VMI – A COMPETITIVE ADVANTAGE
VMI can provide significant savings for the supply chain over RMI in almost all scenarios capturing nearly all benefits. VMI can be particularly beneficial for products with high demand variance or high outsourcing cost. In the last decade, many companies have changed their supply chain structure from retailer managed inventory (RMI) to vendor managed inventory (VMI) in which the vendor decides the quantity to be stocked at the retail location(s).
In a true VMI setting, the supplier has the freedom to plan its own production and decide the replenishment schedules as long as the agreed customer service levels are met. VMI is often implemented with minimum and maximum levels for inventory and the vendor is responsible in maintaining those. VMI shifts responsibility in decision making of the replenishment schedule and inventory management from the customer to the supplier.
The ability to execute VMI effectively can be seen as an organizational capability, which on other hand is a competitive advantage. A shift from RMI to VMI can involve different changes involving the implementation of new IT systems to enable the vendor to access point-of-sale data, development of trust between vendor and retailer, and the role of vendor’s sales force. It also requires a reconsideration of the supply chain contracts. Analyzing and understanding how supply chain contracts perform under VMI (and RMI) are important for retailers (online & bricks) and supply chain professionals. Some popular coordinating supply chain contracts are as presented below:
To enable coordination, the supply chain resorts to contracts. In general, the goal is to write contracts that induce coordination through appropriate provisions for information and incentives such that supply chain performance will be optimized.
VMI Key Success Factors
Even though VMI system promises a lot, the real life implementations are not always so successful. “Out of 10 VMI implementations, three or four achieve great benefits. Three or four have some benefits, but not as much as anticipated, and two or three do not get any benefits”. There are four different categories for enablers of VMI process:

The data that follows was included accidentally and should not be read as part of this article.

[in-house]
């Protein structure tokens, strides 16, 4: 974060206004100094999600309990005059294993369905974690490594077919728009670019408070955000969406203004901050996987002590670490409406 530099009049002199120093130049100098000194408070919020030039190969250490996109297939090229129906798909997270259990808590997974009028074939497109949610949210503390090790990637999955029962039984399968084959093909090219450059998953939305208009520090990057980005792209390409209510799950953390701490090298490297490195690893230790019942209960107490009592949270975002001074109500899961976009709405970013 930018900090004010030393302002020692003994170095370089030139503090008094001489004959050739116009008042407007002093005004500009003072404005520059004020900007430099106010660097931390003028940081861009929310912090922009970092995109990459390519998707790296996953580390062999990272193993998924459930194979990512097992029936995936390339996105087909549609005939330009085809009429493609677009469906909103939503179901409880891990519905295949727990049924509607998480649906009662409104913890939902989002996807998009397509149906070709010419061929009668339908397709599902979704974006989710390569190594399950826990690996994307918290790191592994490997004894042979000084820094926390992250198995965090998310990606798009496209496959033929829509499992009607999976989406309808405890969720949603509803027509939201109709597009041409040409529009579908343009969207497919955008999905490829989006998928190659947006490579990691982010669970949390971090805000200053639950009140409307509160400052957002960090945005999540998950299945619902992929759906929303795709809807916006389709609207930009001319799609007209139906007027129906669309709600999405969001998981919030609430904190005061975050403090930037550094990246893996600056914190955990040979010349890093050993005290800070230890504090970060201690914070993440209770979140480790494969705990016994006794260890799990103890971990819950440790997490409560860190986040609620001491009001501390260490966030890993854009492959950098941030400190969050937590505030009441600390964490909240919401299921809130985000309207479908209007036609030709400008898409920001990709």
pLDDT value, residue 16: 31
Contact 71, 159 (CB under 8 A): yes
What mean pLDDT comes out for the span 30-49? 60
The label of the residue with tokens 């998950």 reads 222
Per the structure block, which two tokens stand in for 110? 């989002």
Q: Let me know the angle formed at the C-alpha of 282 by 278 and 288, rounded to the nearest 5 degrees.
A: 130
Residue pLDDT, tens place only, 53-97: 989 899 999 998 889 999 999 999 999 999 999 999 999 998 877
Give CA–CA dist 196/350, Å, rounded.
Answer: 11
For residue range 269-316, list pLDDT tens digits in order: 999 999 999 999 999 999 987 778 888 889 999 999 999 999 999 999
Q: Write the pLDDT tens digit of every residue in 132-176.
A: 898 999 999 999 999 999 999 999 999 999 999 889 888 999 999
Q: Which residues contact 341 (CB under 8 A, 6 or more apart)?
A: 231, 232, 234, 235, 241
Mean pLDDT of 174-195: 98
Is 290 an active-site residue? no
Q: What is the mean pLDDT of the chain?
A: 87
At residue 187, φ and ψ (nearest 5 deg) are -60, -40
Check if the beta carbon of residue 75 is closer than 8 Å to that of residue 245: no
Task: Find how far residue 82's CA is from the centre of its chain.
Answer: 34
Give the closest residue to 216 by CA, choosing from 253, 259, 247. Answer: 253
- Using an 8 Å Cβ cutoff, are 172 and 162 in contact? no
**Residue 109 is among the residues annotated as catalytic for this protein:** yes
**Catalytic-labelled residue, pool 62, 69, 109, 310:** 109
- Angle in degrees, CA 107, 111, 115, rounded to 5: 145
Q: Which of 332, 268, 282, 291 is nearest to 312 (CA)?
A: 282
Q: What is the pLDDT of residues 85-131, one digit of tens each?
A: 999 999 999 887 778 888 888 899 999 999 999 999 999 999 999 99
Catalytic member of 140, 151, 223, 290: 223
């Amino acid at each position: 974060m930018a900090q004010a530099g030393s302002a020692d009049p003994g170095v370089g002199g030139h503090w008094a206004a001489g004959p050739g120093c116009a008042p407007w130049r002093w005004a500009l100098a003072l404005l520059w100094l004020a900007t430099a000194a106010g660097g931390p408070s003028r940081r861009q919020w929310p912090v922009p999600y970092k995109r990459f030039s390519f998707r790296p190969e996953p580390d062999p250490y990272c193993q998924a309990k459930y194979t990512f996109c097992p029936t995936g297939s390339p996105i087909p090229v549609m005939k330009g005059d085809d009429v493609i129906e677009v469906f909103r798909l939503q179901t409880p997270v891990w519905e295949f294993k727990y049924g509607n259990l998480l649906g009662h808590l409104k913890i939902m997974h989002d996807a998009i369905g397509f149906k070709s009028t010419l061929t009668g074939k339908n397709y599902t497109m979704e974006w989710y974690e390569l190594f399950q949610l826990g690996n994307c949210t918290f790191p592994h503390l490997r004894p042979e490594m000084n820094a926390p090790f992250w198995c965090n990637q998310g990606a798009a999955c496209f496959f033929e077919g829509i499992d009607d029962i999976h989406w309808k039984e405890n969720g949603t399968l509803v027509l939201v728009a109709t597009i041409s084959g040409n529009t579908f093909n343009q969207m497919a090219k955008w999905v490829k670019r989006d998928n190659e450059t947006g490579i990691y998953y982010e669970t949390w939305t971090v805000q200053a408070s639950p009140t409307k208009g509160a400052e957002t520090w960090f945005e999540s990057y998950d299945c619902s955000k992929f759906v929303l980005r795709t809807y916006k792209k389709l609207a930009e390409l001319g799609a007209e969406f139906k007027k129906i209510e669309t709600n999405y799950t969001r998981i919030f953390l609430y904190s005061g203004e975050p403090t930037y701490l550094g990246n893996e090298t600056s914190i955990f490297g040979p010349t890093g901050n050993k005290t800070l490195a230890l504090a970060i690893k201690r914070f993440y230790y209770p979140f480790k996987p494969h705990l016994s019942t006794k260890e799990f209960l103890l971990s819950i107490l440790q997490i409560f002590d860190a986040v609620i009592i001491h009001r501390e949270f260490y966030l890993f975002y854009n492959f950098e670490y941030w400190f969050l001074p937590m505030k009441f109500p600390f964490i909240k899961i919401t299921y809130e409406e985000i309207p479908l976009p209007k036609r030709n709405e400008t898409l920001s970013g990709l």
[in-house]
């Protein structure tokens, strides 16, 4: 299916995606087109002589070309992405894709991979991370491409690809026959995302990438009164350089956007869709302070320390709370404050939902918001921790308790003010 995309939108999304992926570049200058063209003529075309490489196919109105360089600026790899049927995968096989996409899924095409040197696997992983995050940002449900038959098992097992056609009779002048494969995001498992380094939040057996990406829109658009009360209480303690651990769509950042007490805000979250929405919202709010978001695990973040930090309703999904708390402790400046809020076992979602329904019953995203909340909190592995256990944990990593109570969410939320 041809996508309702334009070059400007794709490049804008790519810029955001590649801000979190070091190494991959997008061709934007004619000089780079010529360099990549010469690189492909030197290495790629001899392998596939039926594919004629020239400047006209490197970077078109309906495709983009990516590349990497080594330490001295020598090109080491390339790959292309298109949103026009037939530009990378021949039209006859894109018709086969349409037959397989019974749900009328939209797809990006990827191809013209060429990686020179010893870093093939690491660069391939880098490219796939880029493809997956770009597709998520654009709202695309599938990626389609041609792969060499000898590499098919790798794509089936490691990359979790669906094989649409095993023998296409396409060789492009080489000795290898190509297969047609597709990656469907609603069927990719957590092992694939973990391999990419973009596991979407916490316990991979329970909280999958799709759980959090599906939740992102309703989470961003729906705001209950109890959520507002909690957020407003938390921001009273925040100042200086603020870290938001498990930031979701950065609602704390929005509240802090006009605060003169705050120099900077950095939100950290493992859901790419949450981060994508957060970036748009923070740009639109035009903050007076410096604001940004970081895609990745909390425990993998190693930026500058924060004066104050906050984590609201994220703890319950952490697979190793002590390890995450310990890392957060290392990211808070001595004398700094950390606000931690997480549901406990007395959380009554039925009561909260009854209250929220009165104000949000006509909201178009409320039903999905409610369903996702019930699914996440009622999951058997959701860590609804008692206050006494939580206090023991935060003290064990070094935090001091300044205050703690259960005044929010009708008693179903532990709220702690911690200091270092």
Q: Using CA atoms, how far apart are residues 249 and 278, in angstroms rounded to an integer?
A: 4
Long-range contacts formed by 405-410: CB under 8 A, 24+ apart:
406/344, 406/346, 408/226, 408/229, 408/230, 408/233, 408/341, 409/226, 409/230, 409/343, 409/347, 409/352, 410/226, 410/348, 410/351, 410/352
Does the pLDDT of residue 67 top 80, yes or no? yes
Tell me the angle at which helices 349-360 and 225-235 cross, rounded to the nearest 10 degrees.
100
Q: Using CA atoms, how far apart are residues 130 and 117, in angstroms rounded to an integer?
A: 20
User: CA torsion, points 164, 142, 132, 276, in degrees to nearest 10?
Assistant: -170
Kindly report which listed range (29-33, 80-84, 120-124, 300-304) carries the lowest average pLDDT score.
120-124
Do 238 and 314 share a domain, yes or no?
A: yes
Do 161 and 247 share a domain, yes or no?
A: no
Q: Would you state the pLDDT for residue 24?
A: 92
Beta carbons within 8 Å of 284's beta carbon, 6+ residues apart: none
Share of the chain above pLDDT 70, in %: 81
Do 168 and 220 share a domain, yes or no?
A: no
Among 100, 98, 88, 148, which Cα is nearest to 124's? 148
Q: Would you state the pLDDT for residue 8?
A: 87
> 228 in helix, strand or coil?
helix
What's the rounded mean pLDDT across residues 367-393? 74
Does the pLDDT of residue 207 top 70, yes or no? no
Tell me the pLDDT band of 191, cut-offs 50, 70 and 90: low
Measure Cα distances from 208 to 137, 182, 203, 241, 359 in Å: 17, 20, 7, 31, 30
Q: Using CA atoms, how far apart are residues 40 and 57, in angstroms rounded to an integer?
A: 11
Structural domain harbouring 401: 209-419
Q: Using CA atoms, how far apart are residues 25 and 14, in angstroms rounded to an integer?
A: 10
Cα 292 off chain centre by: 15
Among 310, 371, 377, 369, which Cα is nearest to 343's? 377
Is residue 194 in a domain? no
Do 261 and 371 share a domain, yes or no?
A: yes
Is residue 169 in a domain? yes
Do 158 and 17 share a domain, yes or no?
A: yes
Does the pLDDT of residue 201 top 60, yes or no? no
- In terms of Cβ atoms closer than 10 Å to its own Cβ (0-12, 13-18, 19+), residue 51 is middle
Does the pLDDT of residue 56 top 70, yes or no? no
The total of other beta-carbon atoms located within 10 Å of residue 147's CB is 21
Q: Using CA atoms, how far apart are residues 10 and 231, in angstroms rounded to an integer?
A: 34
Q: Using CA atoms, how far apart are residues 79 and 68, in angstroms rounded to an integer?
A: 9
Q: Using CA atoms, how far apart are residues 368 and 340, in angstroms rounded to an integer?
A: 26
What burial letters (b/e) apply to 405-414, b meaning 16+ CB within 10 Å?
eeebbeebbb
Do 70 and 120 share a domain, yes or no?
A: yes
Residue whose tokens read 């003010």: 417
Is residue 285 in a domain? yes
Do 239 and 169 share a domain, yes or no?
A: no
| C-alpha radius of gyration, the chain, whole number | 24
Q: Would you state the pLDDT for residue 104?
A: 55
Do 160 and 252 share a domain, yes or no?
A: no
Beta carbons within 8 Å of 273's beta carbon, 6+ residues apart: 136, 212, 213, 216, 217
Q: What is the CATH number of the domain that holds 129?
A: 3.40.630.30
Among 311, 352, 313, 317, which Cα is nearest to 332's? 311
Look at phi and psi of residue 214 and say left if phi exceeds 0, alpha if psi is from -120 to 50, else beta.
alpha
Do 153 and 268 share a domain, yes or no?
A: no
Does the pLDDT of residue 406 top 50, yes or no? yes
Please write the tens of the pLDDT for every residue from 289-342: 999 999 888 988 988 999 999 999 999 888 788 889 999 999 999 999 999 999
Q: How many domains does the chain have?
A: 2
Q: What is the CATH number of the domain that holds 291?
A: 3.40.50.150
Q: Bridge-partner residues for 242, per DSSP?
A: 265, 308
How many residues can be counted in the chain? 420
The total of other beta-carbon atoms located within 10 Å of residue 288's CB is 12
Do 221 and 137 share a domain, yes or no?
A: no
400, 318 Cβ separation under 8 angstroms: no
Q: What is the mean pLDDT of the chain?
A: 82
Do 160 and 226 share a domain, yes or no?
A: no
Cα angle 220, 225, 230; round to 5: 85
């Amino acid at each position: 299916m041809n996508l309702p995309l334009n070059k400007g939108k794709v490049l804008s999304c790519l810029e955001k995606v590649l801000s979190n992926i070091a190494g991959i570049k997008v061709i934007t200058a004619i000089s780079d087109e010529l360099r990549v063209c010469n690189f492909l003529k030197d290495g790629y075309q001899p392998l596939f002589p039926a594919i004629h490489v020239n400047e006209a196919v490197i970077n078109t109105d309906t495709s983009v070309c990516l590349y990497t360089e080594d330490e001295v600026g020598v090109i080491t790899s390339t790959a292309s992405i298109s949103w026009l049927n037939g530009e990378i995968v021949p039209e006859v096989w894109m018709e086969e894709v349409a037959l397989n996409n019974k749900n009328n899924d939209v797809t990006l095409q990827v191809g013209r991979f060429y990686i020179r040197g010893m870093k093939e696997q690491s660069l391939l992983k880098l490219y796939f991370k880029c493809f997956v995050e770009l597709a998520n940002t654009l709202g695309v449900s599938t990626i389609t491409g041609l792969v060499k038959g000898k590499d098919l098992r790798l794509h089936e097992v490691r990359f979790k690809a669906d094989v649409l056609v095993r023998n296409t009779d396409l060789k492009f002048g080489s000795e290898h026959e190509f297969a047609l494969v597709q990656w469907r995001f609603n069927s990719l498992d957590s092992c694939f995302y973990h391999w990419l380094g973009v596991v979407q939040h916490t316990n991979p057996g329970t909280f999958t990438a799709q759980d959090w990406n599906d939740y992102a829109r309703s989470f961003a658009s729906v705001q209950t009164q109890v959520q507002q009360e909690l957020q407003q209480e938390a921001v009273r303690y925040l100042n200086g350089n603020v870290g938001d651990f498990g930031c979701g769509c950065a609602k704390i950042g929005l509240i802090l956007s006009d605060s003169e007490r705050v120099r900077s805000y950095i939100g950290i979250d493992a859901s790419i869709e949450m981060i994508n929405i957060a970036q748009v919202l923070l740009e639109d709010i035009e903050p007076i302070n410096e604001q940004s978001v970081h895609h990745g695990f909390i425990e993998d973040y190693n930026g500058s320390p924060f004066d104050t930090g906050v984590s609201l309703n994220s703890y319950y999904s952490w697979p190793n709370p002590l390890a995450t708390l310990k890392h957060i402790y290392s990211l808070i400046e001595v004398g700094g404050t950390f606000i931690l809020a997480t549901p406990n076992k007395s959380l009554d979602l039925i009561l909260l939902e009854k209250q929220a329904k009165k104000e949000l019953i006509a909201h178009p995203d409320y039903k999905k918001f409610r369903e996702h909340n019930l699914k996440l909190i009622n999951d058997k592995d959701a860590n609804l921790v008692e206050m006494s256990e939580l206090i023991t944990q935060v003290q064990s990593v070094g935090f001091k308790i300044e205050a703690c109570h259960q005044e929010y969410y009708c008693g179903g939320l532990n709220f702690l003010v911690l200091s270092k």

Relevant information sharing and
Quality of communication system.
To ensure that total supply chain costs under VMI are lower than those under RMI. The inventory quantity variation can be used to obtain different divisions of costs between the retailer and its supplier. The potential benefit of VMI is greater when demand is more variable.
The benefits to a supply chain from two important attributes of VMI programs: shipment coordination and stock re-balancing. Shipment scheduling in the context of VMI, the vendor is to coordinate inventory and transportation decisions.
VMI needs changes mentally, technologically, operationally and contractually so it is not a simple project to implement without proper preparation. This applies especially in situations where neither of the parties involved have previous knowledge of setting up a VMI. More planning should be done on how VMI works in digital-enabled-business relationships and how the technical aspects are handled in such relationships.
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